How should you address your cover letter
From: Tom B.
Category: nonverbal communication
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Last Updated: July 23, References. This article was co-authored by Emily Silva Hockstra. Emily Silva Hockstra is a Certified Life Coach and Career Coach with over 10 years of coaching and management experience with various corporations. She specializes in career transitions, leadership development, and relationship management.
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How to handle sticky situations in your cover letter
How to Properly Address a Letter: Everything You Need to Include
A cover letter can help you explain to potential employers the reasons why you are a good fit for a job. But it can also be used as a test to separate good candidates from the not-so-good. And one of the trickiest parts illustrating this test is the address because it's the first thing employers see. Hiring decisions come down to the smallest detail. Believe it or not, the most common mistake job seekers make is not writing the specific, proper name of the person to which they are sending a cover letter.
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How to Address a Cover Letter Without a Name
An Australian careers and Linkedin expert has revealed the most crucial mistakes people make when they are preparing a cover letter - and what it really takes to get the attention of would-be-employers. Sue Ellson told Daily Mail Australia it is 'important to tailor the cover letter to the job description' that a cookie-cutter approach of sending out an identical letter doesn't work. Applicants should avoid starting the letter with 'to whom it may concern' or 'the hiring manager' and instead address it directly to their would-be-boss by name. This shows you have done your research and have not just filled in the blanks of a generic letter. The cover letter also should address key job requirements and selection criteria - using similar language to that in the job listing.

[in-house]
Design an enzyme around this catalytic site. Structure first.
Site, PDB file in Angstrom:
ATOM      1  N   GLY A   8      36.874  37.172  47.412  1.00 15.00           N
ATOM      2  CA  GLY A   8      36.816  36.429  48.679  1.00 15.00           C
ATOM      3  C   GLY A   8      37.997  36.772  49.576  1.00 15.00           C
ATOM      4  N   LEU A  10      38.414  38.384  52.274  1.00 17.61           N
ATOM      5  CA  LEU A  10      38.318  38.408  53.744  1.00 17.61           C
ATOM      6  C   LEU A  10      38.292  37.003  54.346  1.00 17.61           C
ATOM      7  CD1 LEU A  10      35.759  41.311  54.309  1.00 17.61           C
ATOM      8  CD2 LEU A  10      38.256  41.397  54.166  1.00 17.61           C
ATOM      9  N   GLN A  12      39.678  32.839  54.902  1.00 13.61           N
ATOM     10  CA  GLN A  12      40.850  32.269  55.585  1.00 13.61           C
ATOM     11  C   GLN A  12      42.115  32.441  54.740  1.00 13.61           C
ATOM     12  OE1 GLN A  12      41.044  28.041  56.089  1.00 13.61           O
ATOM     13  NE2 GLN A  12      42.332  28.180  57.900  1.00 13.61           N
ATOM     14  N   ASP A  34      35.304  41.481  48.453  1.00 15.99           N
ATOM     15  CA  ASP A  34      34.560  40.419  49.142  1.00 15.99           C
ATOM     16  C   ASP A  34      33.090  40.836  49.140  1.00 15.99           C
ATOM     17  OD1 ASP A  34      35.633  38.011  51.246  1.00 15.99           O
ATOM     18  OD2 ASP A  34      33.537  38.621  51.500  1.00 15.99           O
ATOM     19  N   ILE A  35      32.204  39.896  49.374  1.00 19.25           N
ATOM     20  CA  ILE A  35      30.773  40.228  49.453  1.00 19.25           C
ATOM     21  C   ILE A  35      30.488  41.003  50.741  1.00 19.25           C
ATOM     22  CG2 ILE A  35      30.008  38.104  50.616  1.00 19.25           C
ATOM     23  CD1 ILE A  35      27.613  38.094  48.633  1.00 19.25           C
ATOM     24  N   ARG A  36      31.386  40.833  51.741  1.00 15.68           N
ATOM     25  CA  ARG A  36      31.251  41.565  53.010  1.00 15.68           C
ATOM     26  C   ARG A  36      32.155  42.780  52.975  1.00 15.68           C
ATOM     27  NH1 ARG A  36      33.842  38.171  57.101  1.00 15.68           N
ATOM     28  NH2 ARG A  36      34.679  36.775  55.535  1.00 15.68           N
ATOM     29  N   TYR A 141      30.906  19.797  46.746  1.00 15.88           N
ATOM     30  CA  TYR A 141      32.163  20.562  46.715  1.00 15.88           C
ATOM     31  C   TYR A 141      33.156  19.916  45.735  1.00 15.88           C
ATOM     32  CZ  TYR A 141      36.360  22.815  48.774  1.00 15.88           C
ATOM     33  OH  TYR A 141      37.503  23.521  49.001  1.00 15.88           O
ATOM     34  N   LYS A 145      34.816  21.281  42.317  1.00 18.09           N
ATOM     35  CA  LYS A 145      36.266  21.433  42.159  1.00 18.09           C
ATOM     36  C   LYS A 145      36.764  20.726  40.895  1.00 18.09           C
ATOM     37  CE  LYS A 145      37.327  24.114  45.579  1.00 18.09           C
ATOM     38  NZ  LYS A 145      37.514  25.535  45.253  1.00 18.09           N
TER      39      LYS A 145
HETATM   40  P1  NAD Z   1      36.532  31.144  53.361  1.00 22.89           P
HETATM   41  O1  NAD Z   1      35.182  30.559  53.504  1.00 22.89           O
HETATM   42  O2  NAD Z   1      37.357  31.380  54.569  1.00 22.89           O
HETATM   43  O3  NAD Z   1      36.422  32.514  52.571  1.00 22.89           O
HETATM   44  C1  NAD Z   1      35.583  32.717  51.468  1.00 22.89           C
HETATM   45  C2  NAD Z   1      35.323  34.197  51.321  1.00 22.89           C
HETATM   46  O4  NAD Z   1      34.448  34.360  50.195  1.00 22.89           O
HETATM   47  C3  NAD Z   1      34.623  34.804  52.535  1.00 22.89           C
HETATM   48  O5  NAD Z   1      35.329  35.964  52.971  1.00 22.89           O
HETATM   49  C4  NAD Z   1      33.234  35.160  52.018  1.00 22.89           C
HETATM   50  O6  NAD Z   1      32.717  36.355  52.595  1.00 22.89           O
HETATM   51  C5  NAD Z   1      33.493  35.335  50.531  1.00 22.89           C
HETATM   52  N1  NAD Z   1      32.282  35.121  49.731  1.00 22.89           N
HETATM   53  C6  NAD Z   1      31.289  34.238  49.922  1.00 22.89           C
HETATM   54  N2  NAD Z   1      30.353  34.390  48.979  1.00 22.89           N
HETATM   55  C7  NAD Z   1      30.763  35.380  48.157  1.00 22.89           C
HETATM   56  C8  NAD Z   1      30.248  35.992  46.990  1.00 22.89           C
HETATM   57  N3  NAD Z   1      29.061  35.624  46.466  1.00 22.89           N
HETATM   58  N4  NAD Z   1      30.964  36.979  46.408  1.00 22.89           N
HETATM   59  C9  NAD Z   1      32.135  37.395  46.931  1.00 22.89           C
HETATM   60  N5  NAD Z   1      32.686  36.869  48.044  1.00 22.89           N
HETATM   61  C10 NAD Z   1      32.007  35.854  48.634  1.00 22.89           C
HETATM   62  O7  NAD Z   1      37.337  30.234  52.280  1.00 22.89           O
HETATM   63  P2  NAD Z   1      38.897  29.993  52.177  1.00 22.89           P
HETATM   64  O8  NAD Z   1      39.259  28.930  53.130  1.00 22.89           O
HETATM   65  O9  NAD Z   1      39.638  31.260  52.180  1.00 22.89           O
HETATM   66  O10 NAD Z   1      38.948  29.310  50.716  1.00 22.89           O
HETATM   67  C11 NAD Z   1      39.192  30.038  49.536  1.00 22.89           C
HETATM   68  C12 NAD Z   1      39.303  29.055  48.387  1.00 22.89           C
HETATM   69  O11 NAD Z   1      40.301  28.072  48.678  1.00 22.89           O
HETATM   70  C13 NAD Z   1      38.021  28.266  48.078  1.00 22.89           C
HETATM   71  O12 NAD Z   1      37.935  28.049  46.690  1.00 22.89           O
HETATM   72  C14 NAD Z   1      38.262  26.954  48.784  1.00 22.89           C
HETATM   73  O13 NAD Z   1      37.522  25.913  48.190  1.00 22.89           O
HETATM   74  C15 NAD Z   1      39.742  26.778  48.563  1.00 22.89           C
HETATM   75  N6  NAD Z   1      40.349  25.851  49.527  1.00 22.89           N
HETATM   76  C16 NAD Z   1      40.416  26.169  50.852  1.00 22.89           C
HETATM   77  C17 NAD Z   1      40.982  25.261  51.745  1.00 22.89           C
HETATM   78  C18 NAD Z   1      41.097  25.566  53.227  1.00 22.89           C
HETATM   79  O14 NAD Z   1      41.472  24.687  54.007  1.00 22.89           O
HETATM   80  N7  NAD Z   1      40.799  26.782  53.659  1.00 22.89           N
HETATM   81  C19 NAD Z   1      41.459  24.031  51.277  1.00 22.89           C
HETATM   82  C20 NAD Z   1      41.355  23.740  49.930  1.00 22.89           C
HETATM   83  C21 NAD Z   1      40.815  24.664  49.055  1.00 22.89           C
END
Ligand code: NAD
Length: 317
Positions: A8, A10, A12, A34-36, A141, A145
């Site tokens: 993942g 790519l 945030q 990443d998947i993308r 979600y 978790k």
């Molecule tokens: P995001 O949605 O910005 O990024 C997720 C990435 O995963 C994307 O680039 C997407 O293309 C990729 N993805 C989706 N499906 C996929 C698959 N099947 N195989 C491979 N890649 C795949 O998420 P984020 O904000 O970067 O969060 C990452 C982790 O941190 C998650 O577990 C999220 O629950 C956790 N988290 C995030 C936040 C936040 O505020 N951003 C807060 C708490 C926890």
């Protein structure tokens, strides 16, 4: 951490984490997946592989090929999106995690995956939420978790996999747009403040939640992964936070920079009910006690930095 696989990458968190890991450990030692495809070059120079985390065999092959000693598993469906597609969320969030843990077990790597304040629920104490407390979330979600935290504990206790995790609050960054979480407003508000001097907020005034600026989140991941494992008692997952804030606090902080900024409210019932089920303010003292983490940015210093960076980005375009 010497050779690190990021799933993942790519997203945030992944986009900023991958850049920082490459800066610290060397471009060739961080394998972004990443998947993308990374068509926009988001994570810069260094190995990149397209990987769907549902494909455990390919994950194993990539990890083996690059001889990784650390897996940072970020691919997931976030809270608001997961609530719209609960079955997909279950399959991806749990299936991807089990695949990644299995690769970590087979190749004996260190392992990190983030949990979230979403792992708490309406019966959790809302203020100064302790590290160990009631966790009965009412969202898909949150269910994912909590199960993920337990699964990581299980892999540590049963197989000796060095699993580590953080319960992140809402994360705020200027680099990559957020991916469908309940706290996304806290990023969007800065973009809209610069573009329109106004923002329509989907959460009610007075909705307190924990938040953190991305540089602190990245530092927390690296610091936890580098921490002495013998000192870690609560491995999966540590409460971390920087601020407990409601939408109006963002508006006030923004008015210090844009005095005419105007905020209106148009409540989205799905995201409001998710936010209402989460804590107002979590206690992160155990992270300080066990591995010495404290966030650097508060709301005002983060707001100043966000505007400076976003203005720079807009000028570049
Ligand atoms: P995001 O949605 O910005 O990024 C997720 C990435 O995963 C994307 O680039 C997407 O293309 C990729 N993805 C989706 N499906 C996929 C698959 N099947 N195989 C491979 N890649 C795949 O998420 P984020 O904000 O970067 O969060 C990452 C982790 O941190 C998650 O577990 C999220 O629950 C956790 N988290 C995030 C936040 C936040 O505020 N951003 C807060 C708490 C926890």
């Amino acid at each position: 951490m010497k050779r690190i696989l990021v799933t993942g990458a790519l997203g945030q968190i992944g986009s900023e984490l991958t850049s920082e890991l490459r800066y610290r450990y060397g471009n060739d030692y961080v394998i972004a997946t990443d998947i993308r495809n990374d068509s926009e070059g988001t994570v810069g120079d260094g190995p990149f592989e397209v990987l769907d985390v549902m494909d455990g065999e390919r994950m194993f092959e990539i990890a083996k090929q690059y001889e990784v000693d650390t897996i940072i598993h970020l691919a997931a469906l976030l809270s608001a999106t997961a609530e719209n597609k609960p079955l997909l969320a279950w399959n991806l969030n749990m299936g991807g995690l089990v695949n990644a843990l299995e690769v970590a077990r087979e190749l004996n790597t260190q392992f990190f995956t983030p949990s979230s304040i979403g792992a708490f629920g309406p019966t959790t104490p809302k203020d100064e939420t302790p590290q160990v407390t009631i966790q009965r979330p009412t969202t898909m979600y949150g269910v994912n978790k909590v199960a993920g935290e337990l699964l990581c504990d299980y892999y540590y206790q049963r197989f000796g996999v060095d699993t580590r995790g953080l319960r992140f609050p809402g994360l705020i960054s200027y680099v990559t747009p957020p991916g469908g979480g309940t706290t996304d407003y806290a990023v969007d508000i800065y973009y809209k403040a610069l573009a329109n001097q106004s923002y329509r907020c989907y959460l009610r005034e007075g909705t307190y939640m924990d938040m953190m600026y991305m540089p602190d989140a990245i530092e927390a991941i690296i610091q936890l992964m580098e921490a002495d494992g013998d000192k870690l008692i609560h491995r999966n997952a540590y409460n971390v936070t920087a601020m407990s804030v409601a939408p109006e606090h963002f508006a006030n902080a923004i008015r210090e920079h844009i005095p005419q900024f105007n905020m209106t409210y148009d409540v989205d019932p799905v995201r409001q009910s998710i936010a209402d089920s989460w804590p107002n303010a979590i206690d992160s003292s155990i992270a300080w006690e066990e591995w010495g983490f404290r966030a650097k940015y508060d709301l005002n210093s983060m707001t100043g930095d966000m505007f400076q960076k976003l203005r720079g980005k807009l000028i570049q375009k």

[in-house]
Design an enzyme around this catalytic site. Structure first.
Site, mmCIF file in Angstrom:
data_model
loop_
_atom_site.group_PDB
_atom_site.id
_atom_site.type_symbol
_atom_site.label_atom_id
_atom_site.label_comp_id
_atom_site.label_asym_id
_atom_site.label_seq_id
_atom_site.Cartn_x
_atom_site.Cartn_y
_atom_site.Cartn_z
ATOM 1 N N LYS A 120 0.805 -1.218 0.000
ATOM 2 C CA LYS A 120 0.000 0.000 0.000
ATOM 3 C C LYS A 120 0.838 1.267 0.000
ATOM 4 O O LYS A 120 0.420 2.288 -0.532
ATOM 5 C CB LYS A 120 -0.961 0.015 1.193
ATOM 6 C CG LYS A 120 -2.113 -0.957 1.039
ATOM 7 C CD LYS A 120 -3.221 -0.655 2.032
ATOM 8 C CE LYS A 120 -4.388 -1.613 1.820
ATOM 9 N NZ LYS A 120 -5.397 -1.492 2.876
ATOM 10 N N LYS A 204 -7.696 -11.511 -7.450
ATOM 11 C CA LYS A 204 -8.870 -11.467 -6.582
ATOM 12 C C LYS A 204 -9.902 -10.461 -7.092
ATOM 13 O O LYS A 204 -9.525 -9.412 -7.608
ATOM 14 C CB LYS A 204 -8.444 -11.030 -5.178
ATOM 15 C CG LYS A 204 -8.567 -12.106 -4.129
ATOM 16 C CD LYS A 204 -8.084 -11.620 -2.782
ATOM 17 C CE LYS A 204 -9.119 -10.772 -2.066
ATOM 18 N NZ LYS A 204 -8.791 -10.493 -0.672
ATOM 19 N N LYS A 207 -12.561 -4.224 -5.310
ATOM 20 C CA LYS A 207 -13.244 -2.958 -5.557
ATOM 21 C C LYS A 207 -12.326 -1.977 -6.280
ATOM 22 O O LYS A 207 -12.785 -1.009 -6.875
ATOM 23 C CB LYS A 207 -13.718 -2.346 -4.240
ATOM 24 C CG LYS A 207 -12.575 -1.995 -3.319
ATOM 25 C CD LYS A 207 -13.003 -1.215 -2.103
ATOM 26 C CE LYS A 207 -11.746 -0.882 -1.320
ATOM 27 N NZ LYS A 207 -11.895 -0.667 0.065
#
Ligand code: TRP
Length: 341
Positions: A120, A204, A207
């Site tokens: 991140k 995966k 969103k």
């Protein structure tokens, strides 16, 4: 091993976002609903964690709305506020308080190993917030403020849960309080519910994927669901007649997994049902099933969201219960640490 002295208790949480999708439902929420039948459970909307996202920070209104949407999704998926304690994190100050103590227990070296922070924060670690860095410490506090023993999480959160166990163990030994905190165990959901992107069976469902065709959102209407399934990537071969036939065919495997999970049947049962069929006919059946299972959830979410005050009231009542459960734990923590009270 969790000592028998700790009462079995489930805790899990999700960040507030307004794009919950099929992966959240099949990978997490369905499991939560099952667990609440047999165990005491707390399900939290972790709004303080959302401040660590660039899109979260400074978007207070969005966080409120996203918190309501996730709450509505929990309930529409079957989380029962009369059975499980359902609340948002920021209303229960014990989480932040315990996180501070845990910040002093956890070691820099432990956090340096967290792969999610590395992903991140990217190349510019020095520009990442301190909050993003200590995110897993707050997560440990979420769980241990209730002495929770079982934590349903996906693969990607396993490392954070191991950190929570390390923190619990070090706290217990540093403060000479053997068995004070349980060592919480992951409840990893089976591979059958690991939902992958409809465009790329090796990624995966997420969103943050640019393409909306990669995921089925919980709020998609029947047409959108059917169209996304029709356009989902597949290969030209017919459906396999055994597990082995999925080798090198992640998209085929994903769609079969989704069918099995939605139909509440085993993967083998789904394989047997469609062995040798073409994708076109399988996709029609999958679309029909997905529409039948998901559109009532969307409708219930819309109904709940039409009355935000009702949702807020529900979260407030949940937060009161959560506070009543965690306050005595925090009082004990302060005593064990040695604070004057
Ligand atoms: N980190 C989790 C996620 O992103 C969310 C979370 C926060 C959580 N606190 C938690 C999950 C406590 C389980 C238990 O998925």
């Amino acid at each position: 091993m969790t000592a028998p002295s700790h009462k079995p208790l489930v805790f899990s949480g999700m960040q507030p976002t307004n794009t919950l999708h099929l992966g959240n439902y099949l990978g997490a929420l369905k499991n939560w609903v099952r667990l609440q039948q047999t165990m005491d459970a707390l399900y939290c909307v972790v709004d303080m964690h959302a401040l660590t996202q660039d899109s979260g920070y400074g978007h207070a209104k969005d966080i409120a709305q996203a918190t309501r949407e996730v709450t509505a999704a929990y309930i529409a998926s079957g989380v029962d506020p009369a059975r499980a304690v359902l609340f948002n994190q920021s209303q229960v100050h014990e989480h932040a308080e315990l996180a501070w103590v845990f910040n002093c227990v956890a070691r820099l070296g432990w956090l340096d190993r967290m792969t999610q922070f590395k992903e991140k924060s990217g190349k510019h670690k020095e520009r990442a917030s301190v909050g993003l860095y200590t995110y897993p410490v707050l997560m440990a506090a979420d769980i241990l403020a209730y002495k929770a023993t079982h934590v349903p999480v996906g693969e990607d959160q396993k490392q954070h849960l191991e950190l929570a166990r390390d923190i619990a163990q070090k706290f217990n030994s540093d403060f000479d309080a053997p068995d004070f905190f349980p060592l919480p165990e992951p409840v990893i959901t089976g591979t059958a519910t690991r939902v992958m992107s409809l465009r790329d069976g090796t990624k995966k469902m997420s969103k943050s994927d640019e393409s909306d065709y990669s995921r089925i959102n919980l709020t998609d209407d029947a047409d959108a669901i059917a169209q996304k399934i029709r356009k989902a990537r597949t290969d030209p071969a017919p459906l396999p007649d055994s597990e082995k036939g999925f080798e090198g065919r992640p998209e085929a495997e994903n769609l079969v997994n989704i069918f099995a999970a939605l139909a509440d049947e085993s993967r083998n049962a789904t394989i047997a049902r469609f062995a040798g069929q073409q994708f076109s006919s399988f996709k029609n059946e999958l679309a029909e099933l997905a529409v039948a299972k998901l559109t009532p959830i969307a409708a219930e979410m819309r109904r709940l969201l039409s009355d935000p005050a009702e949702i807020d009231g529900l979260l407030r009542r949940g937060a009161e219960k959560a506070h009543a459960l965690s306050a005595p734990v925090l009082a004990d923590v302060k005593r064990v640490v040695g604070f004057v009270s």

Using a formal full name salutation to the hiring manager or recruiter is the best way to address a cover letter, but what do you do if you just can't find a name? You don't want to look like you didn't do your homework, and you also don't want to create a cover letter that sounds too informal. Follow these tips for addressing a cover letter when you don't have the name of the hiring manager.